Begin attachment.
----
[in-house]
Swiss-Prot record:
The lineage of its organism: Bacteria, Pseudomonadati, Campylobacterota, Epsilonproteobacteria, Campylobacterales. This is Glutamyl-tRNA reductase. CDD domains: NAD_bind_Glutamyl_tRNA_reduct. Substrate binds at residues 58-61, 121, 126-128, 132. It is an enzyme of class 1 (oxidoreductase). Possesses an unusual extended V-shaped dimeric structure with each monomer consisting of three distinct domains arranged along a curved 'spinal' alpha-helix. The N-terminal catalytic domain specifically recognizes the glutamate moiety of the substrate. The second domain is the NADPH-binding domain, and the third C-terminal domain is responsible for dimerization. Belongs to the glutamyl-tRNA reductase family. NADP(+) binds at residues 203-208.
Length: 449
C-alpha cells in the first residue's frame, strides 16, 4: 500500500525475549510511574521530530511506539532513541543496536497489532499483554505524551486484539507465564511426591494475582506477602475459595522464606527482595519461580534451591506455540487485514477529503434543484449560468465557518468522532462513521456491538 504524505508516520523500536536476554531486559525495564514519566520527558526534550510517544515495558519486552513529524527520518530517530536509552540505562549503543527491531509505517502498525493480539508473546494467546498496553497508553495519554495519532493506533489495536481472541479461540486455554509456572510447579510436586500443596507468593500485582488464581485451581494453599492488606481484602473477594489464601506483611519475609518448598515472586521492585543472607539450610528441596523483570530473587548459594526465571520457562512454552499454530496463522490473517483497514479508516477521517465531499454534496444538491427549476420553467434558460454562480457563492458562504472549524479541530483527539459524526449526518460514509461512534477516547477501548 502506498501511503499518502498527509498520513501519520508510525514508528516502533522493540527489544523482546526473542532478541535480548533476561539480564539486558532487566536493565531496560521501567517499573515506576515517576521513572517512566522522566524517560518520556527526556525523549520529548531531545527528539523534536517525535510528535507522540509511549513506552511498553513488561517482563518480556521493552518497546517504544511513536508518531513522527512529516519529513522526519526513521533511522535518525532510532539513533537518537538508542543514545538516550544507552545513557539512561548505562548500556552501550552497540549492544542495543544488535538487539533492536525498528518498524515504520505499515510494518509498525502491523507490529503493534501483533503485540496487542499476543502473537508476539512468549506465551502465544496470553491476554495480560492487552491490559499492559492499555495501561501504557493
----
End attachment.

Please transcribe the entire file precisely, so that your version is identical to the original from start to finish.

[in-house]
Swiss-Prot record:
The lineage of its organism: Bacteria, Pseudomonadati, Campylobacterota, Epsilonproteobacteria, Campylobacterales. This is Glutamyl-tRNA reductase. CDD domains: NAD_bind_Glutamyl_tRNA_reduct. Substrate binds at residues 58-61, 121, 126-128, 132. It is an enzyme of class 1 (oxidoreductase). Possesses an unusual extended V-shaped dimeric structure with each monomer consisting of three distinct domains arranged along a curved 'spinal' alpha-helix. The N-terminal catalytic domain specifically recognizes the glutamate moiety of the substrate. The second domain is the NADPH-binding domain, and the third C-terminal domain is responsible for dimerization. Belongs to the glutamyl-tRNA reductase family. NADP(+) binds at residues 203-208.
Length: 449
C-alpha cells in the first residue's frame, strides 16, 4: 500500500525475549510511574521530530511506539532513541543496536497489532499483554505524551486484539507465564511426591494475582506477602475459595522464606527482595519461580534451591506455540487485514477529503434543484449560468465557518468522532462513521456491538 504524505508516520523500536536476554531486559525495564514519566520527558526534550510517544515495558519486552513529524527520518530517530536509552540505562549503543527491531509505517502498525493480539508473546494467546498496553497508553495519554495519532493506533489495536481472541479461540486455554509456572510447579510436586500443596507468593500485582488464581485451581494453599492488606481484602473477594489464601506483611519475609518448598515472586521492585543472607539450610528441596523483570530473587548459594526465571520457562512454552499454530496463522490473517483497514479508516477521517465531499454534496444538491427549476420553467434558460454562480457563492458562504472549524479541530483527539459524526449526518460514509461512534477516547477501548 502506498501511503499518502498527509498520513501519520508510525514508528516502533522493540527489544523482546526473542532478541535480548533476561539480564539486558532487566536493565531496560521501567517499573515506576515517576521513572517512566522522566524517560518520556527526556525523549520529548531531545527528539523534536517525535510528535507522540509511549513506552511498553513488561517482563518480556521493552518497546517504544511513536508518531513522527512529516519529513522526519526513521533511522535518525532510532539513533537518537538508542543514545538516550544507552545513557539512561548505562548500556552501550552497540549492544542495543544488535538487539533492536525498528518498524515504520505499515510494518509498525502491523507490529503493534501483533503485540496487542499476543502473537508476539512468549506465551502465544496470553491476554495480560492487552491490559499492559492499555495501561501504557493